Could It Be The End of The Road For The Driving Test Asks HPI?

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The driving test as we know it could reach the end of the road within 25 years according to automotive data and valuations expert HPI.

Together with a panel of auto industry experts, Matt Freeman, a consultant with HPI believes that rapidly advancing vehicle autonomy could see the demise of the driving test as the need for road skills and driving ability take a back seat.

Commented Matt: “Vehicle autonomy will undoubtedly be the greatest driver of change in the automotive sector has ever witnessed. We can expect this to impact every single facet of the motor industry from the way vehicles are made, to the way they are sold, to the way they are driven.”

The debate around customer resistance to the introduction of autonomous vehicles is one which will quickly be overtaken by the roll-out of the technology. With brands showcasing limited self-driving technologies ranging from traffic jam management to highway autopilot, Matt believes we can expect consumer resistance to decline in proportion to peoples’ experience of the technology. Moreover, the driving test will need to adapt to the rollout of vehicle autonomy to ensure that new drivers are properly prepared for a rapidly changing driving environment.

Driving Test

The Driving Test was first started on British roads eight decades ago on 1st June 1935, and due to the number of casualties on the roads, early examiners were recruited from the services and Police. In 1935 there were only 1.4m cars on the road – today there are over 38 million in the UK.

The number of driving test entries has fallen in 2018. Figures from the Department for Transport show that 465,650 people sat practical tests in the first three months of this year, down almost 11 per cent on the same period last year. The pass rate also dropped to 45.4 per cent — the lowest level in nine years.

In 2018, HPI is also celebrating 80 years since it introduced the world’s first vehicle history checker.

Since the launch of the original HPI Check in 1938, the automotive sector has witnessed dynamic change and eight decades on, hpi check has established itself as a market leading tool trusted by millions of UK motorists.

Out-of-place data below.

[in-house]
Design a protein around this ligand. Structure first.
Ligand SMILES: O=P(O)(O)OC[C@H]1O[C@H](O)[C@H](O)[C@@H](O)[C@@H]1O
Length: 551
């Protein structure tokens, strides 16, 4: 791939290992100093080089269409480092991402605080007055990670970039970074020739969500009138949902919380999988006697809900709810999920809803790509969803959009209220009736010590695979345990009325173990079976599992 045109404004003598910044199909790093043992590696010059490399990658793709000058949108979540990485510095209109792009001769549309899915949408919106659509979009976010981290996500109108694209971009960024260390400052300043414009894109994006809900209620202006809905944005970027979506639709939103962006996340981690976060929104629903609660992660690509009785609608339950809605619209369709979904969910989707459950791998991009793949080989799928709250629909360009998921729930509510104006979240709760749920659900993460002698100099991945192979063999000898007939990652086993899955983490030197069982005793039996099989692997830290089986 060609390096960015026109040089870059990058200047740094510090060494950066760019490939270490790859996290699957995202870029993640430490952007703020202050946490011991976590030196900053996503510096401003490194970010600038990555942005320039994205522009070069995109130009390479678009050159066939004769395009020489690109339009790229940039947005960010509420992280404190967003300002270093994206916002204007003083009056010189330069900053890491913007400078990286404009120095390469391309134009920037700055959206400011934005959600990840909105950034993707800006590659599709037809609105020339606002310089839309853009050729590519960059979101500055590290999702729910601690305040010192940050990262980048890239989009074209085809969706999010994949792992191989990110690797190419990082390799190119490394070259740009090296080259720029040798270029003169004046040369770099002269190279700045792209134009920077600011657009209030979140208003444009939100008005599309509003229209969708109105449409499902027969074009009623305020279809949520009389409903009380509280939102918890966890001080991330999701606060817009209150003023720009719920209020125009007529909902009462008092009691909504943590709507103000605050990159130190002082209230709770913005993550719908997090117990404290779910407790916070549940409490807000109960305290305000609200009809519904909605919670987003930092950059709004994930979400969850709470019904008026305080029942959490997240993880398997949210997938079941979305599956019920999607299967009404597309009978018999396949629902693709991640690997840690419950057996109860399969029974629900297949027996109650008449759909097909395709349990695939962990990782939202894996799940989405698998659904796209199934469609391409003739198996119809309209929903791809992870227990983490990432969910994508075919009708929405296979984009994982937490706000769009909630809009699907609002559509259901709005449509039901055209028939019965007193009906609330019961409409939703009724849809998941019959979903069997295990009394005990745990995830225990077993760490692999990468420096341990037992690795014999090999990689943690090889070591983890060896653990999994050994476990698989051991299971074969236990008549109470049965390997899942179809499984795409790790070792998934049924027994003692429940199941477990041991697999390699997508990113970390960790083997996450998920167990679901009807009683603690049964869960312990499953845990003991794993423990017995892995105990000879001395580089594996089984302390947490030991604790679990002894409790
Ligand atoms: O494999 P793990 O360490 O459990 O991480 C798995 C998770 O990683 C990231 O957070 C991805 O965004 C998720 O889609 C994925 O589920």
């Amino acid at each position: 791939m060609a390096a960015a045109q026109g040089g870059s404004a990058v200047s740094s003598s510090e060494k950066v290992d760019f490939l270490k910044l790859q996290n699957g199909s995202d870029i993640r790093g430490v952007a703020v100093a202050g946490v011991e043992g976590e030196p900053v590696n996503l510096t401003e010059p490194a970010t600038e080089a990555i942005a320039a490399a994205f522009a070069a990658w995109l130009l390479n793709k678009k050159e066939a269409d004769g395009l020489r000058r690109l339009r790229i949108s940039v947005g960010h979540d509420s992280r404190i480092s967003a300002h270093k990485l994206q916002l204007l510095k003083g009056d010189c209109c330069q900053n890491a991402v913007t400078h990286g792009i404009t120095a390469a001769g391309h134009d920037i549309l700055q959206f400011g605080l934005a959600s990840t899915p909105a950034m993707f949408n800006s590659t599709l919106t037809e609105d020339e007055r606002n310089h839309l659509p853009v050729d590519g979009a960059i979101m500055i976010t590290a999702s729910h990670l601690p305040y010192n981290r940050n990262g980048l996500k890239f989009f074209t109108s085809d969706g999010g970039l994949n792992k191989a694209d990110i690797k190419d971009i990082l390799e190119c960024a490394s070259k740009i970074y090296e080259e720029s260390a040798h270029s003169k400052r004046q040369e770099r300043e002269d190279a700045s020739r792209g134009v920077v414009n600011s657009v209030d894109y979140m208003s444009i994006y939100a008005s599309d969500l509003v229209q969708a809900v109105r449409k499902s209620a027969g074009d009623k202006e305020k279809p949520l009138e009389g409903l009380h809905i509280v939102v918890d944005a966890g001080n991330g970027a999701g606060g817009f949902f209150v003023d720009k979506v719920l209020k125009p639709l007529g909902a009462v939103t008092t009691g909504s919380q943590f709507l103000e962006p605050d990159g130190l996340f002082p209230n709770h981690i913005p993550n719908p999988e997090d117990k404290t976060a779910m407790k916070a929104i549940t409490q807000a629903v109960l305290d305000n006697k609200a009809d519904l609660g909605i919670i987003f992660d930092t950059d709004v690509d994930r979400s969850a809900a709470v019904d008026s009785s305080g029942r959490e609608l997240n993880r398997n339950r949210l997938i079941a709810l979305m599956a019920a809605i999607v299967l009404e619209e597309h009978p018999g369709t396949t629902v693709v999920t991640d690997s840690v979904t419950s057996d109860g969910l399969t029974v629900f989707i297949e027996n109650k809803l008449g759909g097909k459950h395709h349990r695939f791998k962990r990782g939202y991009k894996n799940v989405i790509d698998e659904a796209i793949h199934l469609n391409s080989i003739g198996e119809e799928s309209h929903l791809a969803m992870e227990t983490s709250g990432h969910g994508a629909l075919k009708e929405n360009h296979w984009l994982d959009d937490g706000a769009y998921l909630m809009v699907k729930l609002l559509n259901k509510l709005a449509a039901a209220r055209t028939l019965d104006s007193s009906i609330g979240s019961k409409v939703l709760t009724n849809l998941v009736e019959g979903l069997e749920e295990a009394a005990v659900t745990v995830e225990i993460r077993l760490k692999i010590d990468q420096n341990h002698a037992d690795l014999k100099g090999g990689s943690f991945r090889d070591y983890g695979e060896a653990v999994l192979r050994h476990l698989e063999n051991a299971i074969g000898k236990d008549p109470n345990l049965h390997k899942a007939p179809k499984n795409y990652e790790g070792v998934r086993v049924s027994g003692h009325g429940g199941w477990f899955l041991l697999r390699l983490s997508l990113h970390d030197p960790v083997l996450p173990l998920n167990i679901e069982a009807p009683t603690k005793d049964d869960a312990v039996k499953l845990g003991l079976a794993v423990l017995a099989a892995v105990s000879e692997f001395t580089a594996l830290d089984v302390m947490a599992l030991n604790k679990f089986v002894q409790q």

As part of its 80 year anniversary, HPI asked a panel of industry experts consisting of its own editors and motor manufacturers* for their automotive predictions over the next 80 years.

The specialists offered insight across a number of issues ranging from technology and innovation, vehicle design, fuel, buying and selling vehicles and car crime in a bid to predict how motoring will change beyond all recognition over the next 80 years.

Amongst its findings and predictions, the panel highlighted the following predictions and trends:

  • Internet will be standard in all vehicles in the next 5-10 years meaning connectivity to mobiles, work and home appliances will be commonplace
  • Cars will be fully connected and synchronised resulting in a significant reduction in road traffic accidents
  • Virtual co-pilots will control more of our driving enabling automatic lane changes and parking.
  • The next 10-20 years will see autonomous cars completely changing travel with motorists able to work, socialise and even sleep when driving
  • Within 10 years there’ll be more focus on the interior rather than the exterior of the car with touch screens, entertainment, refreshments and comfort all incorporated within the design.
  • Within 20 years steering wheels will be a thing of the past
  • The next five years will see motorists increasingly buying personalised cars online with virtual test drives and home delivery and in 10 years will move from car ownership to ‘usership’ with traditional dealers offering leasing and subscription services

Matt believes that as cars become more advanced, the need for driving tests will eventually be phased out, adding: “Ultimately, the car will become a pod in which people travel to and from their destinations. They will be able to do other things such as work online, have conversations, play games or even sleep while in transit so the need for road awareness, directions and understanding road signs and signals will be redundant.”

He added: “Consumer resistance to the driverless car should not be underestimated – there are still those who steer clear of satellite navigation, and occasional media stories about drivers ending up off-road due to obsolete mapping show they may have a point! However, for the majority of drivers, driving is a chore, and the banality of modern commuting will push an increasing number of people to explore the technology.”

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